Cash, Pacing Since 2013

13-year-old Cash

Cash was diagnosed with Congenital Central Hypoventilation Syndrome (CCHS) and was given a tracheostomy as an infant. He spent the first few years of his life in and out of the hospital, battling many ventilator-associated infections.

Cash at age 5

At five years old, Cash was cervically implanted with the Avery Diaphragm Pacemaker at Phoenix Children’s Hospital, and he was decannulated within seven months! Today, Cash is enjoying the mobility and improved health afforded by diaphragm pacing. His mom has also been given more time and freedom and was able to return to school for nursing. Cash has been a “poster child” for Phoenix Children’s hospital and was invited to run the bases with the Dodgers at Dodger Stadium!

Cash’s mom says, “Since pacing, Cash has been remarkably healthy. He is thriving physically and loves being trach-free. He enjoys video games and hanging out with his brothers.”

Source: ABD-PP-002, Rev B 06/2021


CCHS, a form of central sleep apnea, is a rare genetic disorder, which causes shallow breathing (hypoventilation) especially during sleep, resulting in a lack of oxygen and a dangerous buildup of carbon dioxide in the bloodstream. This occurs due to impairment of the autonomic nervous system, the portion of the nervous system that controls the involuntary processes of the body. There are only 1,000 confirmed cases worldwide of this disease and no cure is currently available.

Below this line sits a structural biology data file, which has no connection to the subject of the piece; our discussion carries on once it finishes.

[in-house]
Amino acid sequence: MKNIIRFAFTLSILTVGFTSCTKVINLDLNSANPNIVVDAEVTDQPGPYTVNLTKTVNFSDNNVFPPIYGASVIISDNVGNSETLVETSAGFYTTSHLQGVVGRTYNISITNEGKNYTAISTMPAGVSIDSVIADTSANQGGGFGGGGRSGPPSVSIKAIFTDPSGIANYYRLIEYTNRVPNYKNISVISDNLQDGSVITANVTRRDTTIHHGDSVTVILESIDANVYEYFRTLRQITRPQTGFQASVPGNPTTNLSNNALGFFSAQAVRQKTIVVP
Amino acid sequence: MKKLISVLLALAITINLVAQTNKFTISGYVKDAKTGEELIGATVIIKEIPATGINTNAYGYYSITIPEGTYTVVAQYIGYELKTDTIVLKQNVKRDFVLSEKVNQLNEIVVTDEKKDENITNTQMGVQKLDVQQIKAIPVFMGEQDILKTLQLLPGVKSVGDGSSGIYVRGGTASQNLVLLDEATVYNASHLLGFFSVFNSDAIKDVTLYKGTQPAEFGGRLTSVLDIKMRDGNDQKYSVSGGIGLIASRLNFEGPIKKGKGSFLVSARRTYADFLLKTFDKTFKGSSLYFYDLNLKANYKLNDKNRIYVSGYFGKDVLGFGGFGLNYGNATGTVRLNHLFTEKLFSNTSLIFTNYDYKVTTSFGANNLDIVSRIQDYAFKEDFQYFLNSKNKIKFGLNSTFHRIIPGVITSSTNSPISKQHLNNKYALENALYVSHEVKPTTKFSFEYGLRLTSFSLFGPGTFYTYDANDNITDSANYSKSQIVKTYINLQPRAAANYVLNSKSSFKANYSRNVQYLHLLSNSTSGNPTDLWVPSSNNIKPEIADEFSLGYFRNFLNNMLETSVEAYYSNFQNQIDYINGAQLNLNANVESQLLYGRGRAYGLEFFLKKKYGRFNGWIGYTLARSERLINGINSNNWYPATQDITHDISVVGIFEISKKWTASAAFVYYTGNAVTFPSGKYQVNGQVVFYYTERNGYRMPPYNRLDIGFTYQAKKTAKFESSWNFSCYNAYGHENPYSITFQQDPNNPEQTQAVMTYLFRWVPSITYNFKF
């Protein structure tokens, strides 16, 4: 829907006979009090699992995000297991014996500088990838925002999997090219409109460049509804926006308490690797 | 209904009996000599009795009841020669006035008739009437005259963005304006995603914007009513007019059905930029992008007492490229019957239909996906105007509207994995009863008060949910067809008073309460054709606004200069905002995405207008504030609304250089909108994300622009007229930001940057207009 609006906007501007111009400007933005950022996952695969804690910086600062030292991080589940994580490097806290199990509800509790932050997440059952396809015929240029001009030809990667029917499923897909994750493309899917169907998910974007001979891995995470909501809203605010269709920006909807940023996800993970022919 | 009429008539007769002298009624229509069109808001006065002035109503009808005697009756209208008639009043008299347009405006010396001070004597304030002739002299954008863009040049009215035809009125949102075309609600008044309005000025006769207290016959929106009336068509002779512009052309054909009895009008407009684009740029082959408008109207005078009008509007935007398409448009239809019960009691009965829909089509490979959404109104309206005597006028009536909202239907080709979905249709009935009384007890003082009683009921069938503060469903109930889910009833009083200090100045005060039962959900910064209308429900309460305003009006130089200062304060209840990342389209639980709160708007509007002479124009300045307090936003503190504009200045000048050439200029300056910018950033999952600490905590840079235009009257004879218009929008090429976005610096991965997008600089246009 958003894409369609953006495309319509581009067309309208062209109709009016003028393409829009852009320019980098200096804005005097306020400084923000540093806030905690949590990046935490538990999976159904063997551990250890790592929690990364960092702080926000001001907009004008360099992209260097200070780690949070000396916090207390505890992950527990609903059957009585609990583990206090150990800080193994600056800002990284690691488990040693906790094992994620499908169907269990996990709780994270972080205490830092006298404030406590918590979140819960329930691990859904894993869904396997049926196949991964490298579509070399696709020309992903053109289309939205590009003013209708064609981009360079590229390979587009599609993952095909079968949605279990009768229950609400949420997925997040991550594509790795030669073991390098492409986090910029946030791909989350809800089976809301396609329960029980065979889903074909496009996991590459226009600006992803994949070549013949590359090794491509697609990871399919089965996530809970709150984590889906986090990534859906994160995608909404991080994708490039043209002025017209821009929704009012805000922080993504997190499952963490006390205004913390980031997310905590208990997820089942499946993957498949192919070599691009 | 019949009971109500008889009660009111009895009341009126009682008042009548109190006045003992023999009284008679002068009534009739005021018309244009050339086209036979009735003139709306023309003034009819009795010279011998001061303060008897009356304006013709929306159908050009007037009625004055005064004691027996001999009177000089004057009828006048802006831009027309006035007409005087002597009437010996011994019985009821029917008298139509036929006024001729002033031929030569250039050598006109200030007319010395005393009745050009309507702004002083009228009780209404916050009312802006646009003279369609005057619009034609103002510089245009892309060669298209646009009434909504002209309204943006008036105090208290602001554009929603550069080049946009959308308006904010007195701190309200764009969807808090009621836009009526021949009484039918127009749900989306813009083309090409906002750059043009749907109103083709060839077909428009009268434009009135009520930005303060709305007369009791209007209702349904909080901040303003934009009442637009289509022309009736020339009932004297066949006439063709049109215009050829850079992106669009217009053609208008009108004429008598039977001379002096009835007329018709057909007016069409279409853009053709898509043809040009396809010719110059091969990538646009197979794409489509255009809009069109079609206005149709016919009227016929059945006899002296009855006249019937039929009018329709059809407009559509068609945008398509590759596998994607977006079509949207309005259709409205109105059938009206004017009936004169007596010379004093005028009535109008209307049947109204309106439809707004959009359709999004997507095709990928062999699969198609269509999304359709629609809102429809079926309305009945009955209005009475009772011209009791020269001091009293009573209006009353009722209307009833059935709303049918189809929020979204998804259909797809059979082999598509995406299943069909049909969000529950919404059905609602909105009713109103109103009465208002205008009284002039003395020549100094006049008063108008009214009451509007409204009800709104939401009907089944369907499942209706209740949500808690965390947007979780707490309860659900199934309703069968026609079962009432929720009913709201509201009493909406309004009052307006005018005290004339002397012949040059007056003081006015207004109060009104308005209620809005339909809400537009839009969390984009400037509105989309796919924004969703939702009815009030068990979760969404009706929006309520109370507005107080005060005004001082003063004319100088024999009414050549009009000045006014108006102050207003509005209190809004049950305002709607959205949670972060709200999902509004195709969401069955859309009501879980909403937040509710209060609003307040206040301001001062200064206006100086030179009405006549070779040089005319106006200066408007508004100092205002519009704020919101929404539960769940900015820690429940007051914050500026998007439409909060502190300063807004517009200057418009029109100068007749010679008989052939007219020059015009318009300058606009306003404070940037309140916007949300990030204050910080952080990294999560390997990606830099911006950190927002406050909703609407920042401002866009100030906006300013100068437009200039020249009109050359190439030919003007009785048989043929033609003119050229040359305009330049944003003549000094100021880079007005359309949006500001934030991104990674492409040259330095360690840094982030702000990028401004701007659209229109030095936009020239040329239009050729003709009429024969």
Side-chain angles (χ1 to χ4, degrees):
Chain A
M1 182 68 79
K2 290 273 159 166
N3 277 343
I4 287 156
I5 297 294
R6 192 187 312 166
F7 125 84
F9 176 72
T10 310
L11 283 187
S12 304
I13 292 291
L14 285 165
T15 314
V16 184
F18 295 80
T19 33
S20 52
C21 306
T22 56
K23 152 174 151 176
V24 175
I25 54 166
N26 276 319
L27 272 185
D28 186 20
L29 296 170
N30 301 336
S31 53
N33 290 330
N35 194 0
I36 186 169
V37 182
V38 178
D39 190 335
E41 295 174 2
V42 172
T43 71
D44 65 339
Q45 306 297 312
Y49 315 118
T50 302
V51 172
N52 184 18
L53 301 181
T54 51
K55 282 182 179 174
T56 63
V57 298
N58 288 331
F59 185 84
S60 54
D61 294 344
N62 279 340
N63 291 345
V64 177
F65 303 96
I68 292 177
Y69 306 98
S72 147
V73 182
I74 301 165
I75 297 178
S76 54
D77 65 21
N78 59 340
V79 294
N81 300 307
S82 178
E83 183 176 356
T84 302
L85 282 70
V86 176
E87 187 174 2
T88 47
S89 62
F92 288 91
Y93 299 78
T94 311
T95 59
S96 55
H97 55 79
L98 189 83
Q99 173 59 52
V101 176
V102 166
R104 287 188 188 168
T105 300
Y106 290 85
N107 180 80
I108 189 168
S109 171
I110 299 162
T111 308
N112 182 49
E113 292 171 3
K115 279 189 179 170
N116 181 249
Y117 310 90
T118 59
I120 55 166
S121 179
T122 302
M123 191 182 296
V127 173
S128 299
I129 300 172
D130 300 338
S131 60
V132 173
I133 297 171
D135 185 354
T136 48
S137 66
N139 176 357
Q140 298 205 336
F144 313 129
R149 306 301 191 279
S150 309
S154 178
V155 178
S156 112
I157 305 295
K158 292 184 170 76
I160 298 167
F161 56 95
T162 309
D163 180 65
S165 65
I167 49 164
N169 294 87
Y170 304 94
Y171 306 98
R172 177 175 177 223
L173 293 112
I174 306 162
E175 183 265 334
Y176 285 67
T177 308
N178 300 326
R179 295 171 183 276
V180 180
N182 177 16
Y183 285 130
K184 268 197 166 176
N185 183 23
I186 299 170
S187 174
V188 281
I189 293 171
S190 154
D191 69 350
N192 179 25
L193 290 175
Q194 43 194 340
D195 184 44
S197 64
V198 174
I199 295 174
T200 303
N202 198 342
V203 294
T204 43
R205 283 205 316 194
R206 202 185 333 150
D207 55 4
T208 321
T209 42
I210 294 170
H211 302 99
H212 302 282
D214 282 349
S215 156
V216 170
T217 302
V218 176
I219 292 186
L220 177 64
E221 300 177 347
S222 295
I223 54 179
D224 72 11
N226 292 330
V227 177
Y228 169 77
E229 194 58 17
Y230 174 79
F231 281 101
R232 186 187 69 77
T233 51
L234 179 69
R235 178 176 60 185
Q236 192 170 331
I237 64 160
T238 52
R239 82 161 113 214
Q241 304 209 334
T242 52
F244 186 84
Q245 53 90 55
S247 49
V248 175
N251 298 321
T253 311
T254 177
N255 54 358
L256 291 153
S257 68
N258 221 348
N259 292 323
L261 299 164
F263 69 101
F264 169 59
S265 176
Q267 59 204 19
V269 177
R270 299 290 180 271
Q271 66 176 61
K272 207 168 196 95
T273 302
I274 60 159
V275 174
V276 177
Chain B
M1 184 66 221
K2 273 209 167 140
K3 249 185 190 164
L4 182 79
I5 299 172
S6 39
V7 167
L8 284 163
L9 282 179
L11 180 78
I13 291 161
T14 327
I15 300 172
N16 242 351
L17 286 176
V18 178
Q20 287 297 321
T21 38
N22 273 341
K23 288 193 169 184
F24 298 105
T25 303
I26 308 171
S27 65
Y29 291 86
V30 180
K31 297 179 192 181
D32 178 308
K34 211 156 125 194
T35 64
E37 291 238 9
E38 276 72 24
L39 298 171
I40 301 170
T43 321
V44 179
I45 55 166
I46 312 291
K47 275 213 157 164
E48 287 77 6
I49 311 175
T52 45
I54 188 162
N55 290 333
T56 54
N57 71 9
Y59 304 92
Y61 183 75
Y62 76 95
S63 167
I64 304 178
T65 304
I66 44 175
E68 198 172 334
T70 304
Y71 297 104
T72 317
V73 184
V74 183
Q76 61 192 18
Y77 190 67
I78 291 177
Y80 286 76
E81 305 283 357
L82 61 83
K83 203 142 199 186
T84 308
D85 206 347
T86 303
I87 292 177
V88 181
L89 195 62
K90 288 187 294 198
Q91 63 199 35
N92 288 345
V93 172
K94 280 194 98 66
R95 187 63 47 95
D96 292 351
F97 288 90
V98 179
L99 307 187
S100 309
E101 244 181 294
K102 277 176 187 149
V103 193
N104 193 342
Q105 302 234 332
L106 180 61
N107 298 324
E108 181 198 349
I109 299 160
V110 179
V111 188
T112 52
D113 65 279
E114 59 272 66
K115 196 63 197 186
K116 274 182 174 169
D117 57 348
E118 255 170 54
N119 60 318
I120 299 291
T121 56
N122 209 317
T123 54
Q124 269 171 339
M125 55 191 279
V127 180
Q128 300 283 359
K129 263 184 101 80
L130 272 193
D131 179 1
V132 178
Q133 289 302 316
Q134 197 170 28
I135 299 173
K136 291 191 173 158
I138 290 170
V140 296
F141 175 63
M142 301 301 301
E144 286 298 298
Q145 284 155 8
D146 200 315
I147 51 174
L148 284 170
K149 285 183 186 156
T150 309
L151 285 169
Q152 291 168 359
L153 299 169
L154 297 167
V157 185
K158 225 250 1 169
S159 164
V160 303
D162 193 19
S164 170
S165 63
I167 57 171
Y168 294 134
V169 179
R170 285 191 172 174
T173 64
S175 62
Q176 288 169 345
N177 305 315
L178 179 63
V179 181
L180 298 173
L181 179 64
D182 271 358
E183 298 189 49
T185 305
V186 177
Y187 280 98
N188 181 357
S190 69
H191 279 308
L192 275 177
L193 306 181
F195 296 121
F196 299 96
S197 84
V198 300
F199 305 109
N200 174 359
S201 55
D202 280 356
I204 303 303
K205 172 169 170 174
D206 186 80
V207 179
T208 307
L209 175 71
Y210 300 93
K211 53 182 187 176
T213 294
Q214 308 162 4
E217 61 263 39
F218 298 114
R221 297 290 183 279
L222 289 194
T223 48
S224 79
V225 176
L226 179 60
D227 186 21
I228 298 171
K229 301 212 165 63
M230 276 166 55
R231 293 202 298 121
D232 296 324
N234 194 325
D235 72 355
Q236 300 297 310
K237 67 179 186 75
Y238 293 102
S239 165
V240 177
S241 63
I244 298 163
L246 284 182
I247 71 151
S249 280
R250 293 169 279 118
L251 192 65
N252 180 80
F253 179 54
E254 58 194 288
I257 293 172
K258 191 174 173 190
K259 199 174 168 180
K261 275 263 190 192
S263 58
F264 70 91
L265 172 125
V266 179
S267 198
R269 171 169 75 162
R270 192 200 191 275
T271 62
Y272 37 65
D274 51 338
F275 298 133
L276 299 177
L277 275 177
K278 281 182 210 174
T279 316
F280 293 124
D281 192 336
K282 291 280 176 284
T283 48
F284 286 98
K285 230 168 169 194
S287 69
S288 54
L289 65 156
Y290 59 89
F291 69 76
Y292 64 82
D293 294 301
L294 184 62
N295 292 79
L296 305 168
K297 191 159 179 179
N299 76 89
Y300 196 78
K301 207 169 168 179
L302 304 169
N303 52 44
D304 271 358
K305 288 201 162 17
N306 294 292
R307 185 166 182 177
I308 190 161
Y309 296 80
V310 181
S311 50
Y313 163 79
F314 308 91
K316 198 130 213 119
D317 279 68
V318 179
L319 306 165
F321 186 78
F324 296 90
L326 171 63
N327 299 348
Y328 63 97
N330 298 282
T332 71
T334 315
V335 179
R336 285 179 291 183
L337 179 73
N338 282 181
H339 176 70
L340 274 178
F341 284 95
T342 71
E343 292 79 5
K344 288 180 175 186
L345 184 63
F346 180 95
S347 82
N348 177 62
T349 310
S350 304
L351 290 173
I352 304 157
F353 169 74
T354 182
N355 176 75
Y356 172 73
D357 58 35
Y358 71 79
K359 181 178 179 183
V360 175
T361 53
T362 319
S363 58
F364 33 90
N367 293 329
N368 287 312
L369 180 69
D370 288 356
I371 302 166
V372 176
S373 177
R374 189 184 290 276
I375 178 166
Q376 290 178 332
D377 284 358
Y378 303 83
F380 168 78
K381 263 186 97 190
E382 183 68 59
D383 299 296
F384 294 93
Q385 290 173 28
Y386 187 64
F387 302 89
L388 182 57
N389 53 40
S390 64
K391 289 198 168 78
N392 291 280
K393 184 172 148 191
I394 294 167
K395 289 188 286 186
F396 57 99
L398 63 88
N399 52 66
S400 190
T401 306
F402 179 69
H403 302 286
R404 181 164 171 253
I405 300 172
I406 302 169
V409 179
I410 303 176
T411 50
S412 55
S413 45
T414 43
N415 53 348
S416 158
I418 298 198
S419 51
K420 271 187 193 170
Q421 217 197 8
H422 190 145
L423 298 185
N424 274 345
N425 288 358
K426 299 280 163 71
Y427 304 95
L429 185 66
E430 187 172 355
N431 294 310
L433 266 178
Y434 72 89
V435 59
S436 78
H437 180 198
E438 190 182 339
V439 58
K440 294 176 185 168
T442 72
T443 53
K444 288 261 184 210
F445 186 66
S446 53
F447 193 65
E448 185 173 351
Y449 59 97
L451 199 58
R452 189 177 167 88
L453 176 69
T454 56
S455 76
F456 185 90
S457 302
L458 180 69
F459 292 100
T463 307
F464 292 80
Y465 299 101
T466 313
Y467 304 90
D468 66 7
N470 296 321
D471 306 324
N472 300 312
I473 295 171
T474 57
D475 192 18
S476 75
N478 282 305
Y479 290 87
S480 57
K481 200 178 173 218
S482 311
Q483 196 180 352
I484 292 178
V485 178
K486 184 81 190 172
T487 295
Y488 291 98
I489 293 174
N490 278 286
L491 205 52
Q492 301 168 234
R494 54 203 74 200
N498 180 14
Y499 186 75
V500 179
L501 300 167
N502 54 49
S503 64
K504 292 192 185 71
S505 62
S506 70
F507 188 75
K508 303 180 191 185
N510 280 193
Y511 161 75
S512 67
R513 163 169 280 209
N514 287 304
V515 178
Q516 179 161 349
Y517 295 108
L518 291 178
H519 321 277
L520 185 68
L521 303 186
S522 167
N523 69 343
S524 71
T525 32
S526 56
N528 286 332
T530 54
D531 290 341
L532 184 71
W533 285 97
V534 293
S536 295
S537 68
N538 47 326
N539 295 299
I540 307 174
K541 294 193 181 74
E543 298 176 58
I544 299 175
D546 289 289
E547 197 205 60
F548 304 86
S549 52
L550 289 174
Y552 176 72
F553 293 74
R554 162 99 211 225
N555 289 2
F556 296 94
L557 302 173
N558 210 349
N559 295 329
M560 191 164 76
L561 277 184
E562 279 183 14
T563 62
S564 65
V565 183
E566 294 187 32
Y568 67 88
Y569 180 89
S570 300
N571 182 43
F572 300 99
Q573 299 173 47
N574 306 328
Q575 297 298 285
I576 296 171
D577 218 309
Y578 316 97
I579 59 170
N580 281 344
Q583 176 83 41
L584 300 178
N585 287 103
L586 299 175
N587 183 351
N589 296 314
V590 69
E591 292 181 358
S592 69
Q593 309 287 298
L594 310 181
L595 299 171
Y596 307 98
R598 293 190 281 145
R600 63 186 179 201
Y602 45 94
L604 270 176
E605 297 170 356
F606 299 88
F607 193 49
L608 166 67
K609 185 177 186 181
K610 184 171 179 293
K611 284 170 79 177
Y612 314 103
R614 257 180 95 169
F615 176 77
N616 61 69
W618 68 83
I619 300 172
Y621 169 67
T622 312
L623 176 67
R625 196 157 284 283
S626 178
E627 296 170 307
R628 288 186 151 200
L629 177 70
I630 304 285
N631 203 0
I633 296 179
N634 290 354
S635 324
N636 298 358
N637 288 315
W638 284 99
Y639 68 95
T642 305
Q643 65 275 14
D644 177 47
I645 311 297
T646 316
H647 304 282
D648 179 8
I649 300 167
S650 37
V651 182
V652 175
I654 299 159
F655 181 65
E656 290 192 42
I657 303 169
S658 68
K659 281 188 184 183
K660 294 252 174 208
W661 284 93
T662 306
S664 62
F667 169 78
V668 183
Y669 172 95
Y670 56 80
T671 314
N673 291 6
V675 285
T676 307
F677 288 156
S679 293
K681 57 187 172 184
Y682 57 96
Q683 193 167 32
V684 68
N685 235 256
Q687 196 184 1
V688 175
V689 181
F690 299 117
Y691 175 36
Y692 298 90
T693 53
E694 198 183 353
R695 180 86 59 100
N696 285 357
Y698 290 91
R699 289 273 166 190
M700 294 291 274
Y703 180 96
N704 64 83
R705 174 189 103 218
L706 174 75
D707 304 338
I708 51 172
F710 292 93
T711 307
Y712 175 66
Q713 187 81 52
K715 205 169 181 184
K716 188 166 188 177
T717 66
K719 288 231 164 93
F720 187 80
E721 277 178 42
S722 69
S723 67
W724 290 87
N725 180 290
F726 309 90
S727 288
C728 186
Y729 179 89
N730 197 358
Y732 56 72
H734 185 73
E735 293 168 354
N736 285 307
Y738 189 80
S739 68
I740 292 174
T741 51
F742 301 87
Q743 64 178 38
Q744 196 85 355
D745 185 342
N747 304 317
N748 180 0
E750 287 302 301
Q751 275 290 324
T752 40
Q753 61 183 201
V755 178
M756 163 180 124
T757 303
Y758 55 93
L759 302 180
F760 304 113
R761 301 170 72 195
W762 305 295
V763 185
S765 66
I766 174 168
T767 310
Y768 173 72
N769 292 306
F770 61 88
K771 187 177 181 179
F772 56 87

For more information on central sleep apnea and CCHS, click here.


Diaphragm pacing is a method of providing breathing support to patients with chronic respiratory insufficiency whose diaphragm, lungs and phrenic nerves have limited function as the result of injury or illness.

The Avery Diaphragm Pacing System is a system that uses fully implanted electrodes placed next to the phrenic nerve with external antennas that is completely self-contained and does not require complicated configuration. In addition, due to the strategic placement of the Avery electrodes, they are not subject to premature lead wire failure and mechanical stresses that can be a result of repetitive muscle movement.


When comparing the Avery pacer to mechanical ventilation, patients usually prefer the pacer as it stimulates the body to draw air into the lungs (negative pressure). This allows for a more physiologically accurate and comfortable breathing pattern than the positive pressure (air forced into the lungs) ventilation provides.

Other Benefits of the Avery Diaphragm Pacing System:

  • Allows for normal breathing and speech
  • Decreases risk of respiratory and other infections
  • Greatly increases mobility
  • Increases sense of smell
  • No difficulties eating and drinking
  • Operates silently which improves active participation in social and educational activities

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